The fabled birthplace of the Goddess Aphrodite, Cyprus is the third largest island in the Mediterranean. With a coast that stretches 648 kms long, highlighted by sun-kissed sands, isolated bays, and pebbly coves, it is brimming with hidden treasures and local folklore. 

 

Away from the coast, you’ll find hilly interiors that are suitable for cycling and hiking, with quaint villages, Orthodox churches, and twee tavernas. 

 

Cyprus has always been at the intersection of civilization. Years of varied influences are represented in Greek temple architecture, age-old Byzantine churches, medieval castles, and Venetian structures

 

When looking for places to visit in Cyprus, the choices are many. 

 

Begin your journey at Ajios Georgios, one of the most famous architectural sights in Cyprus, dating back to the 6th century. Then head to Argos, an intriguing village in the Troodos Mountains, which is at an elevation of around 1100 meters. 

 

Kakopetria is another captivating village with scores of vineyards and orchards. The climate is extremely pleasant, and you can take your pick from the best apples. Wine lovers should also drop by the village of Odomos, which produces the best brands of homemade wines in the country. Don’t miss a pitstop at Lofou, an ancient village with centuries-old architecture that will leave you awe-struck. 

 

Continue your sightseeing with a stopover at Salami, where you’ll come across illustrious Roman settlements including bathhouses, markets, and other luxuries that are reminiscent of the Roman empire. 

For a city escape, head to Nicosia, the capital city of Cyprus and its cultural and heritage hub.  

You can’t leave without seeing the Temple of Aphrodite, one of the biggest and most majestic Greek temples, located to the southwest of the Kouklia village. It is a formidable reflection of both Greek and Roman culture and also houses a little museum that contains antiquities from the Roman and Greek periods of its settlement.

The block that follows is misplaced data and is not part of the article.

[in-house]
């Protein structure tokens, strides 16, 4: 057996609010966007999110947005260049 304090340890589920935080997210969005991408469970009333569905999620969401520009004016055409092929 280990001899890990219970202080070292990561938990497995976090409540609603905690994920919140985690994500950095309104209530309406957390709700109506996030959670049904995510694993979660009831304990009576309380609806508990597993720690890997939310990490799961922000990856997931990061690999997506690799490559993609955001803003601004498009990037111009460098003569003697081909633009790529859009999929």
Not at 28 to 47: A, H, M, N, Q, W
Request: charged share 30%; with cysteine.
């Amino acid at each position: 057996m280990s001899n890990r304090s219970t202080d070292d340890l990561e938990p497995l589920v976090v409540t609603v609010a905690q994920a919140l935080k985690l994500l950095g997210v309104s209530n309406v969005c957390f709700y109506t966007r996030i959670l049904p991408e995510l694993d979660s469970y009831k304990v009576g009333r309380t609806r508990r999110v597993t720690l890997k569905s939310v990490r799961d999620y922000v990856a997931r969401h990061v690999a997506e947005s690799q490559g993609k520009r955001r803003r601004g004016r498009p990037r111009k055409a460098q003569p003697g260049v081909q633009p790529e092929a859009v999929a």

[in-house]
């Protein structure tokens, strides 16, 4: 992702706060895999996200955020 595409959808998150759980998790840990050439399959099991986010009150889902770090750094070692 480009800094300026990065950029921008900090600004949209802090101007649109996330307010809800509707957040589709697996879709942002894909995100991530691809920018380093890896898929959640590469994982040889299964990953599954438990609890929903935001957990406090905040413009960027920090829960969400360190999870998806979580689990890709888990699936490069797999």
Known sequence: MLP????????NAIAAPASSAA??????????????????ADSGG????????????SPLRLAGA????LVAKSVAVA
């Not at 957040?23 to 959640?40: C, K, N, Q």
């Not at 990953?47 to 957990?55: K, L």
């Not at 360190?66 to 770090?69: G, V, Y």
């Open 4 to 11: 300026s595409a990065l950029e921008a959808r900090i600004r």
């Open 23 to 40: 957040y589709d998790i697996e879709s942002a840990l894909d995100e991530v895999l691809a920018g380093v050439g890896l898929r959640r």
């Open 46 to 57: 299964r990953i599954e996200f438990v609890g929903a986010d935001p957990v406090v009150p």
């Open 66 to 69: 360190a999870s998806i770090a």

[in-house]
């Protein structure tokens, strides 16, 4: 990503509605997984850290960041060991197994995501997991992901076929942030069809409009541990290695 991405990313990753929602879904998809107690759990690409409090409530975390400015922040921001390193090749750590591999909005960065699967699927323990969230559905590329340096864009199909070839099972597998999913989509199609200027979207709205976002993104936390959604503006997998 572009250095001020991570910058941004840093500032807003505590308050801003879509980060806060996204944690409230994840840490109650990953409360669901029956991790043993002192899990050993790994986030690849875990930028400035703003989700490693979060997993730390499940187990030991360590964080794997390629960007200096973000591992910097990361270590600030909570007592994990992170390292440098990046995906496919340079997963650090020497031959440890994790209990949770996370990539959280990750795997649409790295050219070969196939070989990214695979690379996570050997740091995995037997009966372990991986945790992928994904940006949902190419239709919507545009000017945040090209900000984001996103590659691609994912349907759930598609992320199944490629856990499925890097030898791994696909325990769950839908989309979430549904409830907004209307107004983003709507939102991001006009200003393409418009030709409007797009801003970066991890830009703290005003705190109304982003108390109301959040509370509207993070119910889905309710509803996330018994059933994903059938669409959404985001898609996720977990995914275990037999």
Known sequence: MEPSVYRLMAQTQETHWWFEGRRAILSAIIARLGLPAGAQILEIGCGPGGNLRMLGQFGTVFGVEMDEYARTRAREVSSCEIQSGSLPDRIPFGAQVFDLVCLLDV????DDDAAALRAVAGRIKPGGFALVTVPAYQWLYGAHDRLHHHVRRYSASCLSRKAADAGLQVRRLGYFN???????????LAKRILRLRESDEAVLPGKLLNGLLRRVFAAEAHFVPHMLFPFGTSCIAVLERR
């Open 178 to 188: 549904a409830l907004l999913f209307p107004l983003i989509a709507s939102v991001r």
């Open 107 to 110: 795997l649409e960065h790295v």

If you’re a devout Christian, you’d probably want to visit the picturesque village of Panagia. It has a profusion of monasteries, churches, basilicas, and cathedrals dedicated to the Virgin Mary. 

To round off your journey, drop by Platres, a scenic winemaking village that can be traced back to the Venetian era. 

The muse of poets, the jaunt of saints, and the conquest of legendary characters, Cyprus has always been at the crossroads of empires and civilizations through the years.

Location and Geography
Aerial bird’s eye view of famous Nissi beach coastline, Ayia Napa, Famagusta, Cyprus. The landmark tourist attraction islet bay at sunrise with golden sand, sunbeds, sea restaurants in Agia Napa on summer holidays, from above.

 

The island country of Cyprus is situated in the Mediterranean sea. It tactically lies at the intersection of trade routes connecting the continents of Asia, Africa, and Europe. 

It is located to the west of Syria and to the south of Turkey. 

The island has volcanic origins and hence there are plenty of hills and mountains. Eastern and Southern Cyprus are marked by extensive sandy coasts, while the North coastal belt of the island is acutely craggy with a copious amount of coves. 

The main topographical features of the landscape are hilly areas and fertile grasslands, engulfed in vineyards and forests. Cyprus has two mountain ranges that run parallel to each other. Kyrenia to the North and Troodos to the South. 

Almost half of the island is covered by hills, mountains, and plains that are planted with carob and olive trees, grapes, and wheat. 

Climate and weather